The Monastery of Alcobaça


Alcobaça lies in the valleys of the Rivers Alcoa and Baça, which according to some authors is the origin of its name. It has also been suggested that it was the Arabic name of the place which was split to name the two rivers.


Listed by UNESCO as a World Heritage site, in 1989, this magnificent monastery is one of the finest and most impressive examples of Cistercian architecture in Europe. Although it was built almost 900 years ago, the monastery still preserves the set of its mediaeval buildings. The church is the largest primitive Gothic church built in Portugal in the Middle Ages.

The monastery was built at the same time as the foundation of Portugal as a nation, and also shares some of its history. The Cistercian Order was founded by the Portugal’s first king, D. Afonso Henriques, following the donation of lands in Alcobaça in return for victory over the Moors during the conquest of Santarém.

Building on the monastery began in 1178, following the model of the abbey of Claraval, the Order’s mother church in France. The monks, who traditionally wore white habits, created a unique work of civilisation in the region, reflected in the public school that was founded in 1269. The regal donations received over the course of various reigns, led to the creation of the estates of Alcobaça – vast territorial domains that were populated and cultivated by the monks, and where they founded an agricultural school.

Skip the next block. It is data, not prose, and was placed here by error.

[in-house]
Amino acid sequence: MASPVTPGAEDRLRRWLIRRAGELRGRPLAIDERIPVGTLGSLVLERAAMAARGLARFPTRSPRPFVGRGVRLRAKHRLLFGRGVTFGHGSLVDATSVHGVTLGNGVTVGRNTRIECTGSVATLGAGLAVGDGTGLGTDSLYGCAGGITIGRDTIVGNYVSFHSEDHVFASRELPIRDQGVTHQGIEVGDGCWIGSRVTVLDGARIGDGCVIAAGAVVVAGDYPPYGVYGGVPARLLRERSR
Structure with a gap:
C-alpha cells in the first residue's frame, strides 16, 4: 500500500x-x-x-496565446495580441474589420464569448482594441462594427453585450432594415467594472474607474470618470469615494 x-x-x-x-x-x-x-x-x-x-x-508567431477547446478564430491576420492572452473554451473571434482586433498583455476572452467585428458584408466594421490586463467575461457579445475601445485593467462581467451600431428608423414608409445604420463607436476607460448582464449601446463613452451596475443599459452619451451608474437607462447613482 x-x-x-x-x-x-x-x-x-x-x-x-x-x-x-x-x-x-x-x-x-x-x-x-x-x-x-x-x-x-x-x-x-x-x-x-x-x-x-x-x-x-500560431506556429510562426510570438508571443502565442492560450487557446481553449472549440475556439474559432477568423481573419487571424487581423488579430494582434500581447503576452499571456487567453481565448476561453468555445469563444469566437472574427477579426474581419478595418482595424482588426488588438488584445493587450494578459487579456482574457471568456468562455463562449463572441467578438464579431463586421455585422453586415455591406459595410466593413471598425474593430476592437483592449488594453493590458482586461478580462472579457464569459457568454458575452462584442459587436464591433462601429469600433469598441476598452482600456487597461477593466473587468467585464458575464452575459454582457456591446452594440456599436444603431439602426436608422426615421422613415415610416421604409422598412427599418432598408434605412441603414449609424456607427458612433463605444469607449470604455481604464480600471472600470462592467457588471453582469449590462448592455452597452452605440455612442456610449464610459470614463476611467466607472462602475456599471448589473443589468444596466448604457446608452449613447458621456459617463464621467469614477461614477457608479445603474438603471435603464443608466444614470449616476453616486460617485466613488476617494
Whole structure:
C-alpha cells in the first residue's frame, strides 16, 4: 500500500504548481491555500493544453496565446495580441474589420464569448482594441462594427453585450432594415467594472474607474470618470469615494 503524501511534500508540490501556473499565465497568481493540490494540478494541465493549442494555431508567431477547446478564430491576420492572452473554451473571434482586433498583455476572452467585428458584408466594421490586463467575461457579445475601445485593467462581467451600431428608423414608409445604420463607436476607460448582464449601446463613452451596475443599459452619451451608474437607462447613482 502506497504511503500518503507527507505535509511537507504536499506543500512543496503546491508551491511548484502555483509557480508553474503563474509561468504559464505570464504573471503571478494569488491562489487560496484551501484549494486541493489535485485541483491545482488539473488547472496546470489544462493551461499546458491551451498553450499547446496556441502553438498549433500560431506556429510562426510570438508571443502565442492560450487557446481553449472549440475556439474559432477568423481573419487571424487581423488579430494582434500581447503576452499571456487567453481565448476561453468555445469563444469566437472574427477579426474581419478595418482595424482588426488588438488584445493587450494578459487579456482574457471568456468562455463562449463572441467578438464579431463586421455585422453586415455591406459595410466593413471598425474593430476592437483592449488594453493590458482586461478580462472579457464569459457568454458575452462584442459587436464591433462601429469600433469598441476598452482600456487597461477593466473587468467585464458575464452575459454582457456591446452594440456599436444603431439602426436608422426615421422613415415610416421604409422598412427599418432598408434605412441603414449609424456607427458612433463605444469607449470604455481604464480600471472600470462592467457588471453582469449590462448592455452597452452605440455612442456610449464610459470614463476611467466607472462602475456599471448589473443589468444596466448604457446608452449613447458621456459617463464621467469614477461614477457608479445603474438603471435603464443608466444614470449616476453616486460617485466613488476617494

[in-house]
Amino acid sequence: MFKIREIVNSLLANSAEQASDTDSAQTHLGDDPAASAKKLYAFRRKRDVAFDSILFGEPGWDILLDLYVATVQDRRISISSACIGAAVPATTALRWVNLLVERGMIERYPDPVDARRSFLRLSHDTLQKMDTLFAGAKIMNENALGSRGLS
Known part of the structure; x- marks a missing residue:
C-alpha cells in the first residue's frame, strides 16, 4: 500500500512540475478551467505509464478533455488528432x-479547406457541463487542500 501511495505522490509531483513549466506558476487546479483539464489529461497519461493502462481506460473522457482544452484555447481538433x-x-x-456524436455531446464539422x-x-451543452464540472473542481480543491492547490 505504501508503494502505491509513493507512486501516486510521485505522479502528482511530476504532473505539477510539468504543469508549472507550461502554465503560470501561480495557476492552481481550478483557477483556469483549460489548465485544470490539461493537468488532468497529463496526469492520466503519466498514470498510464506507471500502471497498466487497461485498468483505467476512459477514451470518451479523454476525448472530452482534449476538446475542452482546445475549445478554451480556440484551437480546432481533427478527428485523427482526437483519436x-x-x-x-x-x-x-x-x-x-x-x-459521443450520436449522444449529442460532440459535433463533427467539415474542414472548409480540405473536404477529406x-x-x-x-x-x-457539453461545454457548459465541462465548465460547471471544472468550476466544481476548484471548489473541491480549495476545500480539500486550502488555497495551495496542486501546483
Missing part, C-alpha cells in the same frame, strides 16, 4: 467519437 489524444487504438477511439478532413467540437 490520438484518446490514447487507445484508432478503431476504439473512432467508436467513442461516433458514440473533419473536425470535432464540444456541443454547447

In the façade of the monastery, only the Gothic portico dates back to the original design. The graceful statues of São Bento and São Bernardo, located either side of the portico, contrast with the Baroque frontispiece and the bell towers that were added in the 18th-century.

Upon entering the monastery, the grandiose central nave, stripped of any adornments, produces a sensation of elevation and spirituality. In the centre of each transept, we can see two masterpieces of mediaeval statue work – the tombs of D. Pedro I (1357-67) and D. Inês, placed in front of one another in order to enable them to meet again on the day of Resurrection.

Make sure to visit the impressive set of mediaeval buildings, including the refectory, dormitory and chapter room, together with the cloister of D. Dinis, the surprising kitchen and the King’s room.

The Monastery of Alcobaça can be reached within a 90 minute drive from Quinta da Palmeira – Country House Retreat & Spa.


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